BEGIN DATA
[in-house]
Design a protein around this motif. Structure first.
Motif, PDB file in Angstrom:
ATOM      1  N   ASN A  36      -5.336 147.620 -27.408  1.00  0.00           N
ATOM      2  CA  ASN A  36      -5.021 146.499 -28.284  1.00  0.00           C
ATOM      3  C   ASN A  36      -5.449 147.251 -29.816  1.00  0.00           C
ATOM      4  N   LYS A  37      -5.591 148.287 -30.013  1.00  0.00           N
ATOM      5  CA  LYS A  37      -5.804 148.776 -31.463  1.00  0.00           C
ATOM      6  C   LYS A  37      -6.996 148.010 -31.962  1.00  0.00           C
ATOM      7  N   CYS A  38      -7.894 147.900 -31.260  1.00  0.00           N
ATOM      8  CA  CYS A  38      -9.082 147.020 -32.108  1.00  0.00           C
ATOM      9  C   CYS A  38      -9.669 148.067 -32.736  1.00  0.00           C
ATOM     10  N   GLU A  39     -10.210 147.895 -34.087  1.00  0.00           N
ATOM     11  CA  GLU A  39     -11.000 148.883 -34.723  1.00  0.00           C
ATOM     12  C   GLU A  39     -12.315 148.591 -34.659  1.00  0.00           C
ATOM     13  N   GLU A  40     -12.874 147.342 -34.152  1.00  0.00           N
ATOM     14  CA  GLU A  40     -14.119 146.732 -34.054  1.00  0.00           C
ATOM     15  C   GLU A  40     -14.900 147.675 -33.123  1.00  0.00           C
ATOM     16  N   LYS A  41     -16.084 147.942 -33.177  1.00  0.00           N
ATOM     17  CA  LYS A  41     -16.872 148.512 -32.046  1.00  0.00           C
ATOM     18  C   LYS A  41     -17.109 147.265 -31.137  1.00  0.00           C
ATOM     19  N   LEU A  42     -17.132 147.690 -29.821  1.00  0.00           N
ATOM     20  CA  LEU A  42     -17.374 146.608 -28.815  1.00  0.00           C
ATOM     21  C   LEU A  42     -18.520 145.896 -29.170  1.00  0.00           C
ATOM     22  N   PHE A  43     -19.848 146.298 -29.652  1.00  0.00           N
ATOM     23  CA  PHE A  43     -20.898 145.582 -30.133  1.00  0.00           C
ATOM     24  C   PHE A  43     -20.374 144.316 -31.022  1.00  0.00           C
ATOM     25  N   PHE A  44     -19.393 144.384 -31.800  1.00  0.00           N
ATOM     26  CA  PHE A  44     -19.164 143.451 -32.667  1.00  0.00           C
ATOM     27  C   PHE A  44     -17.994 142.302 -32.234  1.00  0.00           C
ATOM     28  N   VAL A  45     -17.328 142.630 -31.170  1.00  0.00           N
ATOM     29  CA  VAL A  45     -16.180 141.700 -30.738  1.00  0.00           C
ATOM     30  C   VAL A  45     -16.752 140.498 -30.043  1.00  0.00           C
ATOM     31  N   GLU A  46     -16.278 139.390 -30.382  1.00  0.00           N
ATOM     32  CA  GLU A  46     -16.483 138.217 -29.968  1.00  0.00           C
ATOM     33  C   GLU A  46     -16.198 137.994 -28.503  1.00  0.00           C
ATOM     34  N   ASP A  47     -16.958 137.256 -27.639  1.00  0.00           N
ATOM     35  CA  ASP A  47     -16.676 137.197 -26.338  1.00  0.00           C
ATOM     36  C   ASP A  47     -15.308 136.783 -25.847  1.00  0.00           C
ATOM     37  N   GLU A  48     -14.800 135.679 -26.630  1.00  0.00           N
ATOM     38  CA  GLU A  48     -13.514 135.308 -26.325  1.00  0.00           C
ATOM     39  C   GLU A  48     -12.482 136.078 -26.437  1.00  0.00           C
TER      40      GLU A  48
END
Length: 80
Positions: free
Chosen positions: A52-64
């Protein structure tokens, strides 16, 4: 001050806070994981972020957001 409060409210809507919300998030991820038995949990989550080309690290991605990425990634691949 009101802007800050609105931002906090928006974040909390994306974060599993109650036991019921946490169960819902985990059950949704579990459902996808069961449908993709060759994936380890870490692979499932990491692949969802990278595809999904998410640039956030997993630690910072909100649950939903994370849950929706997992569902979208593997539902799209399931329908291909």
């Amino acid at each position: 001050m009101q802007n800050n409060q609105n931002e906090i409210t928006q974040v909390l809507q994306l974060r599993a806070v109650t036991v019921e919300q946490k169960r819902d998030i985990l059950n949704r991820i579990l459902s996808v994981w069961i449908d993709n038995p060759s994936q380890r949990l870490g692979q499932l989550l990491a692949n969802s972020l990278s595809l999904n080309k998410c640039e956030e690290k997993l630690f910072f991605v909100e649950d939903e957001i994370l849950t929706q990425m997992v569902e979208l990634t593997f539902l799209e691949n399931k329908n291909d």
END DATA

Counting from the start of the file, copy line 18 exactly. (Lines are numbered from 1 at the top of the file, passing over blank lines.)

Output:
ATOM     15  C   GLU A  40     -14.900 147.675 -33.123  1.00  0.00           C